The most important thing in asking a good follow-up question is to LISTEN to the response the interview subject gives to your prior question.
Many beginners make the mistake of preparing a list of questions, and then simply asking them one after the other, not really paying attention to how they’re answered. Preparing questions ahead of time is good, whether you actually write them down, or carry them in your head. The more time you have for preparation, the better. But your list should only be a flexible outline, not a “shooting script”.
If there’s a question you feel you absolutely MUST ask an interview subject, ask it first. That way you won’t be trying to remember to be sure to ask it, instead of actively listening to the responses your subject is giving.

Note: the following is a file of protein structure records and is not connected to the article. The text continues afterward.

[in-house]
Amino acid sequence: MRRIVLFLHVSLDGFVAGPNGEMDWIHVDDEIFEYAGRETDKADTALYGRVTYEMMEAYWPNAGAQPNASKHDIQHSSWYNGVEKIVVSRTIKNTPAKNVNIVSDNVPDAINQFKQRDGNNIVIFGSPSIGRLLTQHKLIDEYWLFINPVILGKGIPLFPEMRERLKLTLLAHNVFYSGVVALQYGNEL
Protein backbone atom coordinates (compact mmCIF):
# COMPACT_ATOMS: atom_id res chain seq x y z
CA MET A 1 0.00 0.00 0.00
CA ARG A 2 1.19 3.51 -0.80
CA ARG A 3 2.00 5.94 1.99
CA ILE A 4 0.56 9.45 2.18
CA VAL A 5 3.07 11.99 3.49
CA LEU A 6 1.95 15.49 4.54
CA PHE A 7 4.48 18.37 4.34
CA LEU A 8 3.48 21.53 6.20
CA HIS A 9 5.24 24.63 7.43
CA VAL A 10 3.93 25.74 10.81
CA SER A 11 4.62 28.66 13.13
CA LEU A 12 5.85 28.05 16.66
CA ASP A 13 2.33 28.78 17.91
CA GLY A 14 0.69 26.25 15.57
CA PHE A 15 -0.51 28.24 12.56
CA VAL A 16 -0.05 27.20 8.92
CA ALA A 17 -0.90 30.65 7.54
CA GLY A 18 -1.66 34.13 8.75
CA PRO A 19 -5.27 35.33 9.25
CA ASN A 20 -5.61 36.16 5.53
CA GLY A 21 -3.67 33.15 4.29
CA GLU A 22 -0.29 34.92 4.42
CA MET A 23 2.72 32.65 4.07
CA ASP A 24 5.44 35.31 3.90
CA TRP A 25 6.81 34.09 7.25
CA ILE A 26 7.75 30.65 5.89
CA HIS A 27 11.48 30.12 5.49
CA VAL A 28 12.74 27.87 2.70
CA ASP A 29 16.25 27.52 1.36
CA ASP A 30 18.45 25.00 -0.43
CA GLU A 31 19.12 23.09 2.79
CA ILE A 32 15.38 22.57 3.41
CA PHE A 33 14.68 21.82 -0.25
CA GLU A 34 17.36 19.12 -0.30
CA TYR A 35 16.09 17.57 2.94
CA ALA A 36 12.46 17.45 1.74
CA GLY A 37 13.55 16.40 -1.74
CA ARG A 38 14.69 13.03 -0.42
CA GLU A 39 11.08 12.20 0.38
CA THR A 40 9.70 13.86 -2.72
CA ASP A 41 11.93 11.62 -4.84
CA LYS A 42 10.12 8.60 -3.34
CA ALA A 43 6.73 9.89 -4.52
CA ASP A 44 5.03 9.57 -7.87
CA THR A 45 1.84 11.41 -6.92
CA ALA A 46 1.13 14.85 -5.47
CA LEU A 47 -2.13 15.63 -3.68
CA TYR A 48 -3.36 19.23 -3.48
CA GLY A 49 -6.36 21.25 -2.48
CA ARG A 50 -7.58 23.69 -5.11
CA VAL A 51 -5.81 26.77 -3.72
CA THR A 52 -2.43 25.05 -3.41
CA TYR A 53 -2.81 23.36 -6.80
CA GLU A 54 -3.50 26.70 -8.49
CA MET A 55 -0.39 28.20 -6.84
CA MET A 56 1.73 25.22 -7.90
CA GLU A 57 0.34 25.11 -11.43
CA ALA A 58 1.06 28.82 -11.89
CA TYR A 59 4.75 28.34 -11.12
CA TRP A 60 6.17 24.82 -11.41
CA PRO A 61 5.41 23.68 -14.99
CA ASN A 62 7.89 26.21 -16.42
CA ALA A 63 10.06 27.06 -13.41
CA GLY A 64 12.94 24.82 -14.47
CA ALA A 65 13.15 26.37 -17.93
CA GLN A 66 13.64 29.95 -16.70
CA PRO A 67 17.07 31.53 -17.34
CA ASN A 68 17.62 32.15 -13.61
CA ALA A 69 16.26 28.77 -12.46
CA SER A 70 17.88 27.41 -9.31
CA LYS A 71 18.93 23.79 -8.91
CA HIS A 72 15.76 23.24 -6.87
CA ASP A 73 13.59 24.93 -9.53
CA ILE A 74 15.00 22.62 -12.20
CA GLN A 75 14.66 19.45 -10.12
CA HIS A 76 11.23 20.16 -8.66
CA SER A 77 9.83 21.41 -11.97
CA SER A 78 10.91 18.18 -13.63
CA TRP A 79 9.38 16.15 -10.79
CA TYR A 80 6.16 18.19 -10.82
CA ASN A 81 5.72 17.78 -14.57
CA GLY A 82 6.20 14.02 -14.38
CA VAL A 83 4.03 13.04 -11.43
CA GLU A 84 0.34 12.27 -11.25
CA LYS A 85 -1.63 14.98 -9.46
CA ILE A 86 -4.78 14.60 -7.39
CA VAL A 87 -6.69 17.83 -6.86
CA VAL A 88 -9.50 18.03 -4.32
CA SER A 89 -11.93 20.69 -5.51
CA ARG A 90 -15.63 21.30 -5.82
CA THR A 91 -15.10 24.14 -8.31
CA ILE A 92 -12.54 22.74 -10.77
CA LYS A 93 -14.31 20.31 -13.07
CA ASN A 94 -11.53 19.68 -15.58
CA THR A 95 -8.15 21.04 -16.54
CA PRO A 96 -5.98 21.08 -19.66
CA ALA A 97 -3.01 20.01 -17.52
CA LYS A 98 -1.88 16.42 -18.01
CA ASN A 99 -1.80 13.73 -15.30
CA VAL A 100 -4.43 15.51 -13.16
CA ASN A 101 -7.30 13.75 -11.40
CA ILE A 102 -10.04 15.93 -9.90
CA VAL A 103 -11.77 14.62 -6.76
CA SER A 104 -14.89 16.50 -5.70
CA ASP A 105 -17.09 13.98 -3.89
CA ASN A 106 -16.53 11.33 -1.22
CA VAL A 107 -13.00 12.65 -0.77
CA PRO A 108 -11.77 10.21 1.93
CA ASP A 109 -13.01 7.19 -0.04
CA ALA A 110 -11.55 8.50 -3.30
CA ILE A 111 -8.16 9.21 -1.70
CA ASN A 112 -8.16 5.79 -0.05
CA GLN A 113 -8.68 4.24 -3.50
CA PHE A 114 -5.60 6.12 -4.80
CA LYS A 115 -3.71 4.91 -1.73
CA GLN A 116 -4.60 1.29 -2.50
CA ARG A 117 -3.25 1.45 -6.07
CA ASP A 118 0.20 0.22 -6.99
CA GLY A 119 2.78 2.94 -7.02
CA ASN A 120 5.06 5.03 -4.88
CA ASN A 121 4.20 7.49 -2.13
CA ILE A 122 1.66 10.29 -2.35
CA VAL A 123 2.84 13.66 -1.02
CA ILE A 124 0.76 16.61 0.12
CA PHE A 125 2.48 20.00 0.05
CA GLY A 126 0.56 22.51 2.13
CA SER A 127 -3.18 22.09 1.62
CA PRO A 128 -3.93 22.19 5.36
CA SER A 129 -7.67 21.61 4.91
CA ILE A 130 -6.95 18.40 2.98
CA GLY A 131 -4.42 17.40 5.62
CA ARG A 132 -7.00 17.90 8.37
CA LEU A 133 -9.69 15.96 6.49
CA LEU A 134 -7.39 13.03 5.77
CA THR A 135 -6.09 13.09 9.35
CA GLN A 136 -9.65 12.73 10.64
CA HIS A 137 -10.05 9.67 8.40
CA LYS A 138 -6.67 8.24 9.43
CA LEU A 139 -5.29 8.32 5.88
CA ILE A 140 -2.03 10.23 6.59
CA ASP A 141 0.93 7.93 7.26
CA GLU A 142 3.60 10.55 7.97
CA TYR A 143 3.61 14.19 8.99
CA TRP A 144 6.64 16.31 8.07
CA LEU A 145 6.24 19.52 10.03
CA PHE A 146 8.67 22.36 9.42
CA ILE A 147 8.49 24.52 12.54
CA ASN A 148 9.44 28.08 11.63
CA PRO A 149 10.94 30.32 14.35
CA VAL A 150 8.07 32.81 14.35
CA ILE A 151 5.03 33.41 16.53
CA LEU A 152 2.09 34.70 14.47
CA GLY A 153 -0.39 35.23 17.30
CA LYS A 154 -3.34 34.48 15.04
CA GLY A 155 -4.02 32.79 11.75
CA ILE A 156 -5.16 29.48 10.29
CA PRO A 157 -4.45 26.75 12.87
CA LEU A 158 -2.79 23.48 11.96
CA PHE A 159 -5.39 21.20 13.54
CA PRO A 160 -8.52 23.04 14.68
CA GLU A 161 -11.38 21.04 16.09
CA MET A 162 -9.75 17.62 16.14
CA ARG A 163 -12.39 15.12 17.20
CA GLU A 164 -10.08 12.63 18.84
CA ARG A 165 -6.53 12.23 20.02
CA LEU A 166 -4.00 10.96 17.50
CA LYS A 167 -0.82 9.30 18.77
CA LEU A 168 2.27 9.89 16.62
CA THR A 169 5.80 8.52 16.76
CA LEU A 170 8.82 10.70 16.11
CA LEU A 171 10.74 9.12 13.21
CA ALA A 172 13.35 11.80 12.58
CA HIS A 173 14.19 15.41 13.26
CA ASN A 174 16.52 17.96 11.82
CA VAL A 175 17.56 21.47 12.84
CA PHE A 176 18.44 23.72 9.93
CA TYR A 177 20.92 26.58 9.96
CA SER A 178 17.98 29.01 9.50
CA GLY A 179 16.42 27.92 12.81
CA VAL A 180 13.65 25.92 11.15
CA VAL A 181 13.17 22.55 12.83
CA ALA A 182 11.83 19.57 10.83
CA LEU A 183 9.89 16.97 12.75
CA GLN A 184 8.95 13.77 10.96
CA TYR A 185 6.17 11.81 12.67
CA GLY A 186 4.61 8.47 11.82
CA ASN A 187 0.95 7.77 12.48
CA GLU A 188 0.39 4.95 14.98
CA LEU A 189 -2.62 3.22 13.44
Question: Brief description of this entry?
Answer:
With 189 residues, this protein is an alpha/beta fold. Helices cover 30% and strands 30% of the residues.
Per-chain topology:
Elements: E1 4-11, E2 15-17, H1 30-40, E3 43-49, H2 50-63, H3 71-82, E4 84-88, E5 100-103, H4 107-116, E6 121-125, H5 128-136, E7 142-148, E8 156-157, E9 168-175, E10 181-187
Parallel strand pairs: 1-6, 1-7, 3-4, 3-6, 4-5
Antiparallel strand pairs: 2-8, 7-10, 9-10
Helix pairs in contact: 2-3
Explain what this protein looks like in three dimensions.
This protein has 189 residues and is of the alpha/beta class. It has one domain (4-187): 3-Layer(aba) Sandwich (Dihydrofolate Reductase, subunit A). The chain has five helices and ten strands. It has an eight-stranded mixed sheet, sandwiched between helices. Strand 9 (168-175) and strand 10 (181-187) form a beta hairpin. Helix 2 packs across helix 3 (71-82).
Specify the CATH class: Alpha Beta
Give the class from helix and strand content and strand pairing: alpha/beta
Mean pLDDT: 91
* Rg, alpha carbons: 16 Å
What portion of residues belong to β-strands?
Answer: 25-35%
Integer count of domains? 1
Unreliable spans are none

Another beginner’s mistake is failure to ask the follow-up question “what did you mean by that?” If you don’t understand the answer, ask for clarification. If you’ve done your homework, and you get a response you don’t understand, how will your viewer or listener be able to understand? Experts in any field, whether it’s public administration or rocket science, will often use technical terms or jargon which their peers will readily understand, but the average person won’t. Don’t be afraid to ask for clarification on follow-up. You won’t look dumb. But you will if you write a story about something you don’t understand.